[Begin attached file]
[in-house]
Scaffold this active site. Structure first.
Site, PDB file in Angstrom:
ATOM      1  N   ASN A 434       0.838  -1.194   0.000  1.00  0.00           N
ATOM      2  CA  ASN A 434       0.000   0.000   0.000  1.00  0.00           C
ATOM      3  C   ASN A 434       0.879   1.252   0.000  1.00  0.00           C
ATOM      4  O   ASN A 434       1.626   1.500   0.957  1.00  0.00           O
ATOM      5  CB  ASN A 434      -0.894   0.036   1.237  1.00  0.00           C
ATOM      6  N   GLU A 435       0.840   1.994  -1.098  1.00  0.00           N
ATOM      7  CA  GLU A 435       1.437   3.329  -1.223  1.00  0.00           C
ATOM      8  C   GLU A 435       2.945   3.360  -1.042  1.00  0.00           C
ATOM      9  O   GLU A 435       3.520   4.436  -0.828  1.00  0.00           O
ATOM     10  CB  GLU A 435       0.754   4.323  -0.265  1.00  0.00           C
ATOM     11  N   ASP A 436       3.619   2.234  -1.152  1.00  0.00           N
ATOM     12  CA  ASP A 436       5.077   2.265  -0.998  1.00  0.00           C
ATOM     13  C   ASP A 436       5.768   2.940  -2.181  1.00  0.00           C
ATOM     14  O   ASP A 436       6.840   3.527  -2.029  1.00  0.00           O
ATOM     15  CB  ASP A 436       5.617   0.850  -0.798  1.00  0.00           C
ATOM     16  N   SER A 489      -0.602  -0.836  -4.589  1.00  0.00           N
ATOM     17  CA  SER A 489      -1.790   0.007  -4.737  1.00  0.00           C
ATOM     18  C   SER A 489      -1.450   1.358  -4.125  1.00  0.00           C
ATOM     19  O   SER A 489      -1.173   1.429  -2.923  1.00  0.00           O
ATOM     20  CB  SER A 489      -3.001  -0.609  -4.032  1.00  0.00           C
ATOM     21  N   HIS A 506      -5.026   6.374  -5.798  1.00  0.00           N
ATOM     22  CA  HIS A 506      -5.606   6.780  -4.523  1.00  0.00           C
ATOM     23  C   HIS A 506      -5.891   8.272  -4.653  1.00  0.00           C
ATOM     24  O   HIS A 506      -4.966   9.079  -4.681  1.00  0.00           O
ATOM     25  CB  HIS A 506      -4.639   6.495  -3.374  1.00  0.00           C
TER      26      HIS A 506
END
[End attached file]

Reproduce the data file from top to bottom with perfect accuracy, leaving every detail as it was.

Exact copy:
[in-house]
Scaffold this active site. Structure first.
Site, PDB file in Angstrom:
ATOM      1  N   ASN A 434       0.838  -1.194   0.000  1.00  0.00           N
ATOM      2  CA  ASN A 434       0.000   0.000   0.000  1.00  0.00           C
ATOM      3  C   ASN A 434       0.879   1.252   0.000  1.00  0.00           C
ATOM      4  O   ASN A 434       1.626   1.500   0.957  1.00  0.00           O
ATOM      5  CB  ASN A 434      -0.894   0.036   1.237  1.00  0.00           C
ATOM      6  N   GLU A 435       0.840   1.994  -1.098  1.00  0.00           N
ATOM      7  CA  GLU A 435       1.437   3.329  -1.223  1.00  0.00           C
ATOM      8  C   GLU A 435       2.945   3.360  -1.042  1.00  0.00           C
ATOM      9  O   GLU A 435       3.520   4.436  -0.828  1.00  0.00           O
ATOM     10  CB  GLU A 435       0.754   4.323  -0.265  1.00  0.00           C
ATOM     11  N   ASP A 436       3.619   2.234  -1.152  1.00  0.00           N
ATOM     12  CA  ASP A 436       5.077   2.265  -0.998  1.00  0.00           C
ATOM     13  C   ASP A 436       5.768   2.940  -2.181  1.00  0.00           C
ATOM     14  O   ASP A 436       6.840   3.527  -2.029  1.00  0.00           O
ATOM     15  CB  ASP A 436       5.617   0.850  -0.798  1.00  0.00           C
ATOM     16  N   SER A 489      -0.602  -0.836  -4.589  1.00  0.00           N
ATOM     17  CA  SER A 489      -1.790   0.007  -4.737  1.00  0.00           C
ATOM     18  C   SER A 489      -1.450   1.358  -4.125  1.00  0.00           C
ATOM     19  O   SER A 489      -1.173   1.429  -2.923  1.00  0.00           O
ATOM     20  CB  SER A 489      -3.001  -0.609  -4.032  1.00  0.00           C
ATOM     21  N   HIS A 506      -5.026   6.374  -5.798  1.00  0.00           N
ATOM     22  CA  HIS A 506      -5.606   6.780  -4.523  1.00  0.00           C
ATOM     23  C   HIS A 506      -5.891   8.272  -4.653  1.00  0.00           C
ATOM     24  O   HIS A 506      -4.966   9.079  -4.681  1.00  0.00           O
ATOM     25  CB  HIS A 506      -4.639   6.495  -3.374  1.00  0.00           C
TER      26      HIS A 506
END